Nicki Butler is a psychology junior and Mustang News opinion columnist. The views expressed do not necessarily reflect those of Mustang News.
Okay, maybe that’s a little dramatic, so let me rephrase.
Ditching my period was the best and easiest decision I’ve ever made.
I will tell anyone who will listen that I don’t get my period anymore. I know bragging is frowned upon, but I feel like I’ve got this secret that half the world doesn’t know about. When I pitched this story in our writer’s room, I was met with so many dumbfounded faces (including one very confused, probably male, face.) Now it’s very possible that the shock they gave off was because I was offering to write about my period, but I’m going to choose to believe that they were shocked that you can opt-out of your period.
I completely understand the shock; it is shocking news. When my doctor told me I could choose not to have my period, I didn’t believe her.
Sure I’ll just opt out of my period. While I’m at it, I’ll opt-out of shitting, too.
But after several moments of explaining, I finally understood. If you simply take your birth control pills continuously — skipping the week of placebo pills — you will never get your period.
The first of many stupid questions I asked was: “But doesn’t the lining in my uterus need to shed? Where will my shedded uterus go?”
My doctor simply replied: “You aren’t smart enough to know how dumb of a question that is, but trust me, it isn’t a problem.”
That was enough explanation for me. My doctor was giving me a chance to stop the bleeding, cramping, and fainting that so many people who menstruate experience every three weeks. As I began my period-free life, I started to wonder, why don’t more people know that you don’t have to have your period? After all, people truly hate getting their period.
There are seldom things more gut-wrenching than the words ‘getting your period.’ If there were a definitive ranking of phrases with the most negative connotation, ‘getting your period’ would fall between ‘The Titanic’ and ‘the in-laws are coming.’
Yet, so many people don’t know that for birth control users, your period is 100% optional. I’ve gotten a myriad of comments on this topic over the course of my three-year long freedom from menstruation.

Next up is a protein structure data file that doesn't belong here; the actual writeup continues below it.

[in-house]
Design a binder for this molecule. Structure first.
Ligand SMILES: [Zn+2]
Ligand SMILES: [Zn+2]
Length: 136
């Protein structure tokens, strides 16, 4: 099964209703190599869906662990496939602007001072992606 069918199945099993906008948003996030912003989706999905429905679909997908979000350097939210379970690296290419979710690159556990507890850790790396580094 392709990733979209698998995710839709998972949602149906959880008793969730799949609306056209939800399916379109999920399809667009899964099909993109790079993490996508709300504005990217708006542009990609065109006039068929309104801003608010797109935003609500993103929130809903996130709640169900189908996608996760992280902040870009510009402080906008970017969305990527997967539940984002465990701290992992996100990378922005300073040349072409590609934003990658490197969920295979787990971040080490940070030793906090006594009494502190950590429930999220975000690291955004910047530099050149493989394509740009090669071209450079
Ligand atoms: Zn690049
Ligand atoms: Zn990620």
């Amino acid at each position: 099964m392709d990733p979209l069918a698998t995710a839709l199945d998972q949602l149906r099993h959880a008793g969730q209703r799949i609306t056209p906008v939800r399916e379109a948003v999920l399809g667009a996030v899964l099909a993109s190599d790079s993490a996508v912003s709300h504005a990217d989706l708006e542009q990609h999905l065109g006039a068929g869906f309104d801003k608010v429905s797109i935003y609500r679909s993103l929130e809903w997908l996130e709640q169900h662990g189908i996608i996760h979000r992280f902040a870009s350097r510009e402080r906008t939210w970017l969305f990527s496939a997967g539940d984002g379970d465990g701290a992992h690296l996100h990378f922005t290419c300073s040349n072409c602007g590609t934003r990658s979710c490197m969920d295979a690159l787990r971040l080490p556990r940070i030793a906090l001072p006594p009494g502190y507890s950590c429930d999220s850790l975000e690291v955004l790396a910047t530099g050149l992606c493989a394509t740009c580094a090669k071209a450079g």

Many people have said “You skip your placebo pills? That’s really unhealthy.”
Or, “I would skip my placebo pills, but I don’t want to mess with my body.”
These comments were surprising but didn’t deter me. I simply told them that my doctor said it was perfectly healthy. But now, at the ripe old age of 20, I’ve begun to wonder…
Why is there a stigma around skipping your period?
Why don’t more people know that you can skip your period?
If getting your period is truly not important while on birth control, why were placebo pills even put in birth control packs in the first place?
Finally, why is it perfectly healthy to skip your period? What is the medical mystery that I was too stupid to understand at 17?
I had my annual physical a few days ago, and I brought all of these questions to my doctor. While she checked my heartbeat, looked at my ears and felt my breasts for lumps, I bombarded her with my most pressing questions.
I began to understand the era that birth control was invented in. Research and development of “the pill” were pushed into the forefront of the medical community by Margaret Sanger in partnership with Planned Parenthood. Even as early as the 1950s, Planned Parenthood was doing important work for reproductive rights and protection.
Although the development of the first birth control pill was spearheaded by male scientists, much of the credit goes to the ancient medical traditions of descendants of the Aztecs. Russell Marker, one of the leading scientists doing this research, found generations of Mexican womxn who had been eating a specific wild yam as contraception. When combined with estrogen, the progestin inside of these yams formed the first birth control pill.
But why were the placebo pills added? Why not just take the active birth control pills and avoid menstruation all together?
When testing the pill, it was found that many individuals wanted to have their period, so that they could confirm that they were not pregnant. Another reason to add the placebo pills was actually in an effort to appease the pope of the Roman Catholic Church at the time. John Rock, one of the developers of the pill, was hoping that by replicating the natural cycle of menstruation, the Pope would be more likely to approve of it. He was very wrong, and the Pope vehemently disapproved of the pill.
I was shocked to learn that those were some of the only reasons that placebo pills were instituted. I had simply assumed that the placebo pills were an important part of taking birth control. But now I understand that birth control pills prevent your egg from dropping into your uterus, and therefore, the lining of your uterus does not thicken, leaving nothing to shed.
There is so much fear and stigma that not having a period is unhealthy or unclean. But just as there is absolutely nothing dirty about having a period, there is nothing wrong with choosing not to have a period.